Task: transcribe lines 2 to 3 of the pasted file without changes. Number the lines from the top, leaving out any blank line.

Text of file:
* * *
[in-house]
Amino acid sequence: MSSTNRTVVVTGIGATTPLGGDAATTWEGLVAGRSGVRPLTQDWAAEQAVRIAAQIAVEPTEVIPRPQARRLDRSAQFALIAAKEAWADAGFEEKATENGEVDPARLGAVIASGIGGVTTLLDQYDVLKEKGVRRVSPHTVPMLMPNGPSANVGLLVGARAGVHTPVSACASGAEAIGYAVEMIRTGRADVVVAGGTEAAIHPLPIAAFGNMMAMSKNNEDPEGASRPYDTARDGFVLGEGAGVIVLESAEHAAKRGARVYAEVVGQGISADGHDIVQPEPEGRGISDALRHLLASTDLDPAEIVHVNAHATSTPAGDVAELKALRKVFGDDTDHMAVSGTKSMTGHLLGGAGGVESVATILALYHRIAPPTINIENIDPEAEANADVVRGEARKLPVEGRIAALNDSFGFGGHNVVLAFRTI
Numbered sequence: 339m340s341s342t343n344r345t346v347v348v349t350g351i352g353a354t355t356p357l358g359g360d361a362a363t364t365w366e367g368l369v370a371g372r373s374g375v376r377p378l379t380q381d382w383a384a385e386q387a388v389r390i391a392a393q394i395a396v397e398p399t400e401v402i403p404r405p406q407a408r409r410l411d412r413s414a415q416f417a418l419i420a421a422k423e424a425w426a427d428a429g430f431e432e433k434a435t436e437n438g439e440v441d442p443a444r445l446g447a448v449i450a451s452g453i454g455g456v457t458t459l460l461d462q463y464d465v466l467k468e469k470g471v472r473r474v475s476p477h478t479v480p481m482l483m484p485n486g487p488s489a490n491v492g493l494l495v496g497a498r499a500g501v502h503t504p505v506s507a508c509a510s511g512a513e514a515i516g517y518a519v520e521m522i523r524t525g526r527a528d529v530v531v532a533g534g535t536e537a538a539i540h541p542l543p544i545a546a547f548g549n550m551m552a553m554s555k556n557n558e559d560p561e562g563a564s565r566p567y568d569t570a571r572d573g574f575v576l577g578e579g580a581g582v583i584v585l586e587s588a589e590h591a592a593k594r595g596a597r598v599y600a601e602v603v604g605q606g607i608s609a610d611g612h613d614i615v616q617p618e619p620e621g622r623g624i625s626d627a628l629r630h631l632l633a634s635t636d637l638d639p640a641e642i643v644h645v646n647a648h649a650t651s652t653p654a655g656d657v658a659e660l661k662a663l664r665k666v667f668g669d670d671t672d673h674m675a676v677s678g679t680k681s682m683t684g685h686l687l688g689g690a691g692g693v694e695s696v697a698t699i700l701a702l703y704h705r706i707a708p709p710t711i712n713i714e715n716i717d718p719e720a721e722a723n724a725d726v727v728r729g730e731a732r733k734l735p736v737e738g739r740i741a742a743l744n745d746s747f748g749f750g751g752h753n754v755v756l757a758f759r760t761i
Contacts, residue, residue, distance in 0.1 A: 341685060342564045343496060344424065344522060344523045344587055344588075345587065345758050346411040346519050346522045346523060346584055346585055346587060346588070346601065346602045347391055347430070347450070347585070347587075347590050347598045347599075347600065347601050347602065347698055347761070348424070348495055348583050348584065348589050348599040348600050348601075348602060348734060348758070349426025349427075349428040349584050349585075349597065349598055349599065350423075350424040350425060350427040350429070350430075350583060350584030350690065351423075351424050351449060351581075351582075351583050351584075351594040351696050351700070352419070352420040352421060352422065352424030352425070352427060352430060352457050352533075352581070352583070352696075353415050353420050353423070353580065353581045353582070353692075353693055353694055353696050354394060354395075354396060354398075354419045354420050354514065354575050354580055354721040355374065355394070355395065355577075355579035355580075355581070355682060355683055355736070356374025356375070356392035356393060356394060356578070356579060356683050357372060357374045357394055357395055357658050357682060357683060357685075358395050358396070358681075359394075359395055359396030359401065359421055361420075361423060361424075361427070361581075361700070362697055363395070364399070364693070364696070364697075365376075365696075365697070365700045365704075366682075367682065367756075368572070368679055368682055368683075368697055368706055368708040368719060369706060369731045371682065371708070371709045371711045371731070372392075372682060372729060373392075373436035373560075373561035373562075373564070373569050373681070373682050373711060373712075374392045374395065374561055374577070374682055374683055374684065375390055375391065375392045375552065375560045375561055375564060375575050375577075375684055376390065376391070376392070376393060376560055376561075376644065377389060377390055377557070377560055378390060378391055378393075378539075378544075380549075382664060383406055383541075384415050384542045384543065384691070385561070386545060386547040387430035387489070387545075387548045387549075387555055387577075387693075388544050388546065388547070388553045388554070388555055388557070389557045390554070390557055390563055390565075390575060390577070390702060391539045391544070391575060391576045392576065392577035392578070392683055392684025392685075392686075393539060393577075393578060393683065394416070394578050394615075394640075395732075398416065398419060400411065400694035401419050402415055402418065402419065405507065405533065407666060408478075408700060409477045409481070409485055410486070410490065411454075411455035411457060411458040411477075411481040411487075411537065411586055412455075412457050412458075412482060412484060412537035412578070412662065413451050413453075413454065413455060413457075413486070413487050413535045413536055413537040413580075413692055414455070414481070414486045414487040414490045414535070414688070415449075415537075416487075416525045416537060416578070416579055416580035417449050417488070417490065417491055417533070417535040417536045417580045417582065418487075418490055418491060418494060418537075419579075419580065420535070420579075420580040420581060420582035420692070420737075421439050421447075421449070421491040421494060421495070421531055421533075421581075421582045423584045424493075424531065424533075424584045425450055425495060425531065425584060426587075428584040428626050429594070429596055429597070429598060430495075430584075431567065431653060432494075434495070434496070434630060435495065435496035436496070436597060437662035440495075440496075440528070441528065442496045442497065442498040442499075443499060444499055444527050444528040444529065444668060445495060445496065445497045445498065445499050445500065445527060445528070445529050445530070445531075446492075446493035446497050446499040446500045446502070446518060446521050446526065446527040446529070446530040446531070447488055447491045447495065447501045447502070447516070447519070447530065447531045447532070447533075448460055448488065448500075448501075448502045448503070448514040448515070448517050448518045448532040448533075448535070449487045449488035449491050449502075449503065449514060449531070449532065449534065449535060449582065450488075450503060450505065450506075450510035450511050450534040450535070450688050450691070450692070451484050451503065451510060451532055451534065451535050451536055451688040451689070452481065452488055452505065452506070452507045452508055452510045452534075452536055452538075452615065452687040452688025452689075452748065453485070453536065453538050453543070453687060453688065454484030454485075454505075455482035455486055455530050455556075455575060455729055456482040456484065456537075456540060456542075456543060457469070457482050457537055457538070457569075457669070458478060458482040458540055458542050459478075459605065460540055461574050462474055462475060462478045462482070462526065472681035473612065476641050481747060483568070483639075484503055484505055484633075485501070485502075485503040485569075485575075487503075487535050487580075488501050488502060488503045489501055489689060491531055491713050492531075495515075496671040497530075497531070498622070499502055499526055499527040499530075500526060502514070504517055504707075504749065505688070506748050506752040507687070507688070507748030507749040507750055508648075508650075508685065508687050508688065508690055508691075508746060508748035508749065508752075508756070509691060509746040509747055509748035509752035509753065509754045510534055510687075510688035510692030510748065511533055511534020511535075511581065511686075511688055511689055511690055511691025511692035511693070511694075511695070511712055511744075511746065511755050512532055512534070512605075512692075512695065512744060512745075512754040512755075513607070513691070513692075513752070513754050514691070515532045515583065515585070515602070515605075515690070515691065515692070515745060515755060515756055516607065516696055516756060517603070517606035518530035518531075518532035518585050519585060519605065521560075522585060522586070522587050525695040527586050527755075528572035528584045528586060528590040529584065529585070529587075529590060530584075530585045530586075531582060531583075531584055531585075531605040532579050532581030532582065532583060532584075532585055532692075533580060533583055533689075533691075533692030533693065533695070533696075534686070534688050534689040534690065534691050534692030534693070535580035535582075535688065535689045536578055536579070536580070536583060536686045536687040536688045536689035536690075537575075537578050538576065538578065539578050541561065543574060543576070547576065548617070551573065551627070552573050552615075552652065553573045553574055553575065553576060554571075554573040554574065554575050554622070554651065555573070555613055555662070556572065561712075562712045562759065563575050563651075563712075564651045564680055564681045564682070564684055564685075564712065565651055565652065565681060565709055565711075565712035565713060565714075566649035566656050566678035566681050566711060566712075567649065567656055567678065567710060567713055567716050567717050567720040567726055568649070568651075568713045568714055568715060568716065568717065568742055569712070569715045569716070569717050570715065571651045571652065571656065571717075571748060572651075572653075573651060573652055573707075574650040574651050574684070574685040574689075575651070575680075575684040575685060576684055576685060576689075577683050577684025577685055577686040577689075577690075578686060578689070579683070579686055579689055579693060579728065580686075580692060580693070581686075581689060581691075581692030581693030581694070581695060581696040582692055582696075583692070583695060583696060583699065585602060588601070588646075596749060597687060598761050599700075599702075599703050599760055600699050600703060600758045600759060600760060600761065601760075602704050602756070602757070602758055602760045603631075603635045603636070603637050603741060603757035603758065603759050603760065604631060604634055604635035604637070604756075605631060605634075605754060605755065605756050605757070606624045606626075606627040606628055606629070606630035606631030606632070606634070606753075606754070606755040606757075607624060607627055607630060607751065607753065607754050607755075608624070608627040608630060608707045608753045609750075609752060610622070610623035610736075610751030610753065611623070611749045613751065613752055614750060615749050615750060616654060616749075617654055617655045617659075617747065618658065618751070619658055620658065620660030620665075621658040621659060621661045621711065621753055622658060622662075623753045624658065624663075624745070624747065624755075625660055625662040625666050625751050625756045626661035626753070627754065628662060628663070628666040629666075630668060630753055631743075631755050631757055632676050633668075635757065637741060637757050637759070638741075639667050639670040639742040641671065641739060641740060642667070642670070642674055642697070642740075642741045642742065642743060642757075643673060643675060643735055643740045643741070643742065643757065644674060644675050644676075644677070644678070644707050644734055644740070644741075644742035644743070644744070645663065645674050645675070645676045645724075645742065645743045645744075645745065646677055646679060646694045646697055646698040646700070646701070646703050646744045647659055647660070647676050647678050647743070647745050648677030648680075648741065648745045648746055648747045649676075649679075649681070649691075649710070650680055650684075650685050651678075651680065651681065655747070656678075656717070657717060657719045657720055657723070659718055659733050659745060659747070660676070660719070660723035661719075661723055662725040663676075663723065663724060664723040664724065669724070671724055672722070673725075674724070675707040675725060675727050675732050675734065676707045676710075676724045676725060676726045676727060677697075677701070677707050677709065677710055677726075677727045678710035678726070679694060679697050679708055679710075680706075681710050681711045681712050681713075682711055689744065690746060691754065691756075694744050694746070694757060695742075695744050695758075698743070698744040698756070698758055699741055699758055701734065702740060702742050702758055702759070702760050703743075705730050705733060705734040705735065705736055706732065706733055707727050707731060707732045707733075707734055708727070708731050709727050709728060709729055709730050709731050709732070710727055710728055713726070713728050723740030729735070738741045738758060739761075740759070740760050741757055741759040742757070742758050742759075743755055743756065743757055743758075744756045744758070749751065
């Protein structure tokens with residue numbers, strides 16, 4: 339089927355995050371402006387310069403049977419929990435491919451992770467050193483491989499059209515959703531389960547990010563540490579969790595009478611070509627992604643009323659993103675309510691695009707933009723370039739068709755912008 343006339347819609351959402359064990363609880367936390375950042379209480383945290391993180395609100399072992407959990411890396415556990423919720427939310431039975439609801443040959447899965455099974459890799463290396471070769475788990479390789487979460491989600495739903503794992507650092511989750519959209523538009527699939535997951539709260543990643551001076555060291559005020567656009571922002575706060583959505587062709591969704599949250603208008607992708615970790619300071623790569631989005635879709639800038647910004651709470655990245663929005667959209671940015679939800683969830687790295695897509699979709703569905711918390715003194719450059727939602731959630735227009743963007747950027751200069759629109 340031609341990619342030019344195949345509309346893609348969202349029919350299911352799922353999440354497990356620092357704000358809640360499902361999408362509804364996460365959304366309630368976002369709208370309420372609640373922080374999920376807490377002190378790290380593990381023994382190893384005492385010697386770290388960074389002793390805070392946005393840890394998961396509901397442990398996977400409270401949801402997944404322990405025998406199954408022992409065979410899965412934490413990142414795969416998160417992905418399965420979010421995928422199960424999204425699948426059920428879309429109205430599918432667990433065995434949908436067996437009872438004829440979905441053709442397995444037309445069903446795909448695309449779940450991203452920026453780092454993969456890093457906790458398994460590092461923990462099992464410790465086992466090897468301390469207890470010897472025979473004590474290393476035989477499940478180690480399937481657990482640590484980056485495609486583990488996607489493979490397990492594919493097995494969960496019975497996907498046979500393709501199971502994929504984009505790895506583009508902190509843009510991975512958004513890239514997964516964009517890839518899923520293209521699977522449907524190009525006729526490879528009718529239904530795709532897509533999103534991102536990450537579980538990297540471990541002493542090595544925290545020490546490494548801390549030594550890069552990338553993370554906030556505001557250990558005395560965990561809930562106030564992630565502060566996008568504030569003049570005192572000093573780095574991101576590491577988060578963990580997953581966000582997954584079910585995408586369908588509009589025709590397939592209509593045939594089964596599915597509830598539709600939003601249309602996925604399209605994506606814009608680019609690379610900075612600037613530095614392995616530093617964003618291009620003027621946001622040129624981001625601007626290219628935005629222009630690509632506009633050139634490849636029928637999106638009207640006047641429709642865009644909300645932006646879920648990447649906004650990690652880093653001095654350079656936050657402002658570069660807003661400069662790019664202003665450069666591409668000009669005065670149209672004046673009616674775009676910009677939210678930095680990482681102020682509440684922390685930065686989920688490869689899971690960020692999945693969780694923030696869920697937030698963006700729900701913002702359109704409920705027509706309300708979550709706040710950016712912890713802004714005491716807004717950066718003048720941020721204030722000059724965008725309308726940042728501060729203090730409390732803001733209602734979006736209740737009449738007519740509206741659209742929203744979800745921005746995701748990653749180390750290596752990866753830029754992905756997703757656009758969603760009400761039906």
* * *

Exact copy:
Amino acid sequence: MSSTNRTVVVTGIGATTPLGGDAATTWEGLVAGRSGVRPLTQDWAAEQAVRIAAQIAVEPTEVIPRPQARRLDRSAQFALIAAKEAWADAGFEEKATENGEVDPARLGAVIASGIGGVTTLLDQYDVLKEKGVRRVSPHTVPMLMPNGPSANVGLLVGARAGVHTPVSACASGAEAIGYAVEMIRTGRADVVVAGGTEAAIHPLPIAAFGNMMAMSKNNEDPEGASRPYDTARDGFVLGEGAGVIVLESAEHAAKRGARVYAEVVGQGISADGHDIVQPEPEGRGISDALRHLLASTDLDPAEIVHVNAHATSTPAGDVAELKALRKVFGDDTDHMAVSGTKSMTGHLLGGAGGVESVATILALYHRIAPPTINIENIDPEAEANADVVRGEARKLPVEGRIAALNDSFGFGGHNVVLAFRTI
Numbered sequence: 339m340s341s342t343n344r345t346v347v348v349t350g351i352g353a354t355t356p357l358g359g360d361a362a363t364t365w366e367g368l369v370a371g372r373s374g375v376r377p378l379t380q381d382w383a384a385e386q387a388v389r390i391a392a393q394i395a396v397e398p399t400e401v402i403p404r405p406q407a408r409r410l411d412r413s414a415q416f417a418l419i420a421a422k423e424a425w426a427d428a429g430f431e432e433k434a435t436e437n438g439e440v441d442p443a444r445l446g447a448v449i450a451s452g453i454g455g456v457t458t459l460l461d462q463y464d465v466l467k468e469k470g471v472r473r474v475s476p477h478t479v480p481m482l483m484p485n486g487p488s489a490n491v492g493l494l495v496g497a498r499a500g501v502h503t504p505v506s507a508c509a510s511g512a513e514a515i516g517y518a519v520e521m522i523r524t525g526r527a528d529v530v531v532a533g534g535t536e537a538a539i540h541p542l543p544i545a546a547f548g549n550m551m552a553m554s555k556n557n558e559d560p561e562g563a564s565r566p567y568d569t570a571r572d573g574f575v576l577g578e579g580a581g582v583i584v585l586e587s588a589e590h591a592a593k594r595g596a597r598v599y600a601e602v603v604g605q606g607i608s609a610d611g612h613d614i615v616q617p618e619p620e621g622r623g624i625s626d627a628l629r630h631l632l633a634s635t636d637l638d639p640a641e642i643v644h645v646n647a648h649a650t651s652t653p654a655g656d657v658a659e660l661k662a663l664r665k666v667f668g669d670d671t672d673h674m675a676v677s678g679t680k681s682m683t684g685h686l687l688g689g690a691g692g693v694e695s696v697a698t699i700l701a702l703y704h705r706i707a708p709p710t711i712n713i714e715n716i717d718p719e720a721e722a723n724a725d726v727v728r729g730e731a732r733k734l735p736v737e738g739r740i741a742a743l744n745d746s747f748g749f750g751g752h753n754v755v756l757a758f759r760t761i